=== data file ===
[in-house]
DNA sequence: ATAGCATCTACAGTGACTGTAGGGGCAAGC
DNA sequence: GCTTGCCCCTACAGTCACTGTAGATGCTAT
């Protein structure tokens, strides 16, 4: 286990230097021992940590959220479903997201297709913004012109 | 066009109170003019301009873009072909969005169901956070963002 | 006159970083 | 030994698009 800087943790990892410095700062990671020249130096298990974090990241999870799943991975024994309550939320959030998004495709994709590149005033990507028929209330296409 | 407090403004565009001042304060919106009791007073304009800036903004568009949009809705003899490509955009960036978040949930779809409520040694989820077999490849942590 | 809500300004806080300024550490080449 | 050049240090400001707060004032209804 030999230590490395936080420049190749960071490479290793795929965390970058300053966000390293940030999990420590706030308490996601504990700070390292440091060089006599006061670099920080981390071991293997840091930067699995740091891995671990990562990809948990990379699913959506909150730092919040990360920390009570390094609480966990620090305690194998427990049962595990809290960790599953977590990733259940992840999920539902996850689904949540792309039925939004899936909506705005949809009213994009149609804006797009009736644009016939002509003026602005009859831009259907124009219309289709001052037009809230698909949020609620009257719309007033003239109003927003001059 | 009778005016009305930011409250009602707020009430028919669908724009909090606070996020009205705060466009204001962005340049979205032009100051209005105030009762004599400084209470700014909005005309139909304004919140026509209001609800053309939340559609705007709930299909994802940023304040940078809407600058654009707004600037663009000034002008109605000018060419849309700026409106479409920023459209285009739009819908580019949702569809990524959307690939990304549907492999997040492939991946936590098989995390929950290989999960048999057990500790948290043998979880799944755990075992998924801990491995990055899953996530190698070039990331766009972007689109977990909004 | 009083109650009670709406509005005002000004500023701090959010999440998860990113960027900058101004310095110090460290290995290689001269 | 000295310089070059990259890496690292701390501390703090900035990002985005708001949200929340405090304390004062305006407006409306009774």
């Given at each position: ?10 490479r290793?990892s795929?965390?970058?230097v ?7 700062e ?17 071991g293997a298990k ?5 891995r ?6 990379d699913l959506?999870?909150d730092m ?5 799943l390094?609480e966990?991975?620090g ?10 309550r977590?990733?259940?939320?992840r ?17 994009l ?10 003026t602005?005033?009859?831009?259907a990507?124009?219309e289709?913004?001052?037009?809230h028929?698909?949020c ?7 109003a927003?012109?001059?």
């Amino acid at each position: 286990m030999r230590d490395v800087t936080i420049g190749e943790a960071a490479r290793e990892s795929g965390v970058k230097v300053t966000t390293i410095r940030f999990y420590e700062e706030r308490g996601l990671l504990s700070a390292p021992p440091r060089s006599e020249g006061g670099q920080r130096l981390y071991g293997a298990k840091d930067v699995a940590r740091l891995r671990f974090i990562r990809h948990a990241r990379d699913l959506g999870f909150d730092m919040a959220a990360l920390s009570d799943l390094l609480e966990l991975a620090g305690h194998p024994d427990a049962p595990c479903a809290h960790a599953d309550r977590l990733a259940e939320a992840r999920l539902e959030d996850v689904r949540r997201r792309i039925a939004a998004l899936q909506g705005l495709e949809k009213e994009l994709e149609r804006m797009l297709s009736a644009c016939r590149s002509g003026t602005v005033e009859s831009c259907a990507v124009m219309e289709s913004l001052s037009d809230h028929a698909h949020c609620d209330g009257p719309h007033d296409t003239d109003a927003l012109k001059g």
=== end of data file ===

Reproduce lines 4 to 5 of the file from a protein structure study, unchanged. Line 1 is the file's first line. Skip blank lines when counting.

């Protein structure tokens, strides 16, 4: 286990230097021992940590959220479903997201297709913004012109 | 066009109170003019301009873009072909969005169901956070963002 | 006159970083 | 030994698009 800087943790990892410095700062990671020249130096298990974090990241999870799943991975024994309550939320959030998004495709994709590149005033990507028929209330296409 | 407090403004565009001042304060919106009791007073304009800036903004568009949009809705003899490509955009960036978040949930779809409520040694989820077999490849942590 | 809500300004806080300024550490080449 | 050049240090400001707060004032209804 030999230590490395936080420049190749960071490479290793795929965390970058300053966000390293940030999990420590706030308490996601504990700070390292440091060089006599006061670099920080981390071991293997840091930067699995740091891995671990990562990809948990990379699913959506909150730092919040990360920390009570390094609480966990620090305690194998427990049962595990809290960790599953977590990733259940992840999920539902996850689904949540792309039925939004899936909506705005949809009213994009149609804006797009009736644009016939002509003026602005009859831009259907124009219309289709001052037009809230698909949020609620009257719309007033003239109003927003001059 | 009778005016009305930011409250009602707020009430028919669908724009909090606070996020009205705060466009204001962005340049979205032009100051209005105030009762004599400084209470700014909005005309139909304004919140026509209001609800053309939340559609705007709930299909994802940023304040940078809407600058654009707004600037663009000034002008109605000018060419849309700026409106479409920023459209285009739009819908580019949702569809990524959307690939990304549907492999997040492939991946936590098989995390929950290989999960048999057990500790948290043998979880799944755990075992998924801990491995990055899953996530190698070039990331766009972007689109977990909004 | 009083109650009670709406509005005002000004500023701090959010999440998860990113960027900058101004310095110090460290290995290689001269 | 000295310089070059990259890496690292701390501390703090900035990002985005708001949200929340405090304390004062305006407006409306009774």
């Given at each position: ?10 490479r290793?990892s795929?965390?970058?230097v ?7 700062e ?17 071991g293997a298990k ?5 891995r ?6 990379d699913l959506?999870?909150d730092m ?5 799943l390094?609480e966990?991975?620090g ?10 309550r977590?990733?259940?939320?992840r ?17 994009l ?10 003026t602005?005033?009859?831009?259907a990507?124009?219309e289709?913004?001052?037009?809230h028929?698909?949020c ?7 109003a927003?012109?001059?």